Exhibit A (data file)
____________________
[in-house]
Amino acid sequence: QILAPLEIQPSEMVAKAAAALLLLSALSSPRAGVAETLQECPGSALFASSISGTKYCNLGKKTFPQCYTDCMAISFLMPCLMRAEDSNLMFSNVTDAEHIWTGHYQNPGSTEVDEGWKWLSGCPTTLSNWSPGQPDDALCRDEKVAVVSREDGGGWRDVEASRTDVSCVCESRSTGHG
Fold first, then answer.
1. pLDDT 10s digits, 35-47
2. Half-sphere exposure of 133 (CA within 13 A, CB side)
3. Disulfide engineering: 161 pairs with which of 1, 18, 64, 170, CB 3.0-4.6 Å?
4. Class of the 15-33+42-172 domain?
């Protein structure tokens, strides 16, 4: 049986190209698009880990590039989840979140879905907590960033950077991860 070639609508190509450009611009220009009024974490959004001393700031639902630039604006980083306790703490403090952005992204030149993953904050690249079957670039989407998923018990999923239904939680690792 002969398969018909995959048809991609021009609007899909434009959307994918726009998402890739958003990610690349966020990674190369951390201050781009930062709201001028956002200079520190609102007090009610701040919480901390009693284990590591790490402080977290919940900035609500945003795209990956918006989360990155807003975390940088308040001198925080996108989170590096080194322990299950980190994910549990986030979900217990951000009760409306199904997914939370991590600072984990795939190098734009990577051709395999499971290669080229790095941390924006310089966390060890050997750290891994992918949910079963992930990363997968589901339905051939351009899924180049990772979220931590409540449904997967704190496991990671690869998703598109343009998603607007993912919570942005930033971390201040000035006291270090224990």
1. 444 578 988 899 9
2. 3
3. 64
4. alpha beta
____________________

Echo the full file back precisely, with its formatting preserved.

[in-house]
Amino acid sequence: QILAPLEIQPSEMVAKAAAALLLLSALSSPRAGVAETLQECPGSALFASSISGTKYCNLGKKTFPQCYTDCMAISFLMPCLMRAEDSNLMFSNVTDAEHIWTGHYQNPGSTEVDEGWKWLSGCPTTLSNWSPGQPDDALCRDEKVAVVSREDGGGWRDVEASRTDVSCVCESRSTGHG
Fold first, then answer.
1. pLDDT 10s digits, 35-47
2. Half-sphere exposure of 133 (CA within 13 A, CB side)
3. Disulfide engineering: 161 pairs with which of 1, 18, 64, 170, CB 3.0-4.6 Å?
4. Class of the 15-33+42-172 domain?
């Protein structure tokens, strides 16, 4: 049986190209698009880990590039989840979140879905907590960033950077991860 070639609508190509450009611009220009009024974490959004001393700031639902630039604006980083306790703490403090952005992204030149993953904050690249079957670039989407998923018990999923239904939680690792 002969398969018909995959048809991609021009609007899909434009959307994918726009998402890739958003990610690349966020990674190369951390201050781009930062709201001028956002200079520190609102007090009610701040919480901390009693284990590591790490402080977290919940900035609500945003795209990956918006989360990155807003975390940088308040001198925080996108989170590096080194322990299950980190994910549990986030979900217990951000009760409306199904997914939370991590600072984990795939190098734009990577051709395999499971290669080229790095941390924006310089966390060890050997750290891994992918949910079963992930990363997968589901339905051939351009899924180049990772979220931590409540449904997967704190496991990671690869998703598109343009998603607007993912919570942005930033971390201040000035006291270090224990």
1. 444 578 988 899 9
2. 3
3. 64
4. alpha beta